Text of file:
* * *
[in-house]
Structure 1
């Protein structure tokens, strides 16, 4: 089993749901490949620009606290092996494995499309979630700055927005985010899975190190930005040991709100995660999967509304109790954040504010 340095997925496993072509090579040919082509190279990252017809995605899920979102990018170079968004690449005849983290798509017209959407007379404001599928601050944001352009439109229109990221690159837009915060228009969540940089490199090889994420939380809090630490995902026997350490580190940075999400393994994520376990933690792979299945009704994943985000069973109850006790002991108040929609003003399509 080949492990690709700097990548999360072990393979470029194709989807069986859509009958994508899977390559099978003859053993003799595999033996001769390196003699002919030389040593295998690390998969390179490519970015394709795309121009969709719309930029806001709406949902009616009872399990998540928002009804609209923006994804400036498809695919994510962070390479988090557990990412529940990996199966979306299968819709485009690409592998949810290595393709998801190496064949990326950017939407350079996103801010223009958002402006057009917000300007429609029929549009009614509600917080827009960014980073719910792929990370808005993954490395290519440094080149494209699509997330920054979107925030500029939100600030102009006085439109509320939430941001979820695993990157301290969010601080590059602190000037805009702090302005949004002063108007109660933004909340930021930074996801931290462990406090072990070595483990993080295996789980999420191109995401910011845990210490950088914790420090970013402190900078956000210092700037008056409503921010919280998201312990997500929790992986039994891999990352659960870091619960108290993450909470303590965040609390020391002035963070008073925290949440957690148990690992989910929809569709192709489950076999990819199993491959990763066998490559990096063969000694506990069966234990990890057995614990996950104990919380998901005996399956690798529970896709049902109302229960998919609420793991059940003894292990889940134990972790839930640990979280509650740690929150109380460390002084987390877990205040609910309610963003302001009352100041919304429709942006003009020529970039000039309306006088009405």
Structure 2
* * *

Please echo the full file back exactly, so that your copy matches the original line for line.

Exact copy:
[in-house]
Structure 1
């Protein structure tokens, strides 16, 4: 089993749901490949620009606290092996494995499309979630700055927005985010899975190190930005040991709100995660999967509304109790954040504010 340095997925496993072509090579040919082509190279990252017809995605899920979102990018170079968004690449005849983290798509017209959407007379404001599928601050944001352009439109229109990221690159837009915060228009969540940089490199090889994420939380809090630490995902026997350490580190940075999400393994994520376990933690792979299945009704994943985000069973109850006790002991108040929609003003399509 080949492990690709700097990548999360072990393979470029194709989807069986859509009958994508899977390559099978003859053993003799595999033996001769390196003699002919030389040593295998690390998969390179490519970015394709795309121009969709719309930029806001709406949902009616009872399990998540928002009804609209923006994804400036498809695919994510962070390479988090557990990412529940990996199966979306299968819709485009690409592998949810290595393709998801190496064949990326950017939407350079996103801010223009958002402006057009917000300007429609029929549009009614509600917080827009960014980073719910792929990370808005993954490395290519440094080149494209699509997330920054979107925030500029939100600030102009006085439109509320939430941001979820695993990157301290969010601080590059602190000037805009702090302005949004002063108007109660933004909340930021930074996801931290462990406090072990070595483990993080295996789980999420191109995401910011845990210490950088914790420090970013402190900078956000210092700037008056409503921010919280998201312990997500929790992986039994891999990352659960870091619960108290993450909470303590965040609390020391002035963070008073925290949440957690148990690992989910929809569709192709489950076999990819199993491959990763066998490559990096063969000694506990069966234990990890057995614990996950104990919380998901005996399956690798529970896709049902109302229960998919609420793991059940003894292990889940134990972790839930640990979280509650740690929150109380460390002084987390877990205040609910309610963003302001009352100041919304429709942006003009020529970039000039309306006088009405």
Structure 2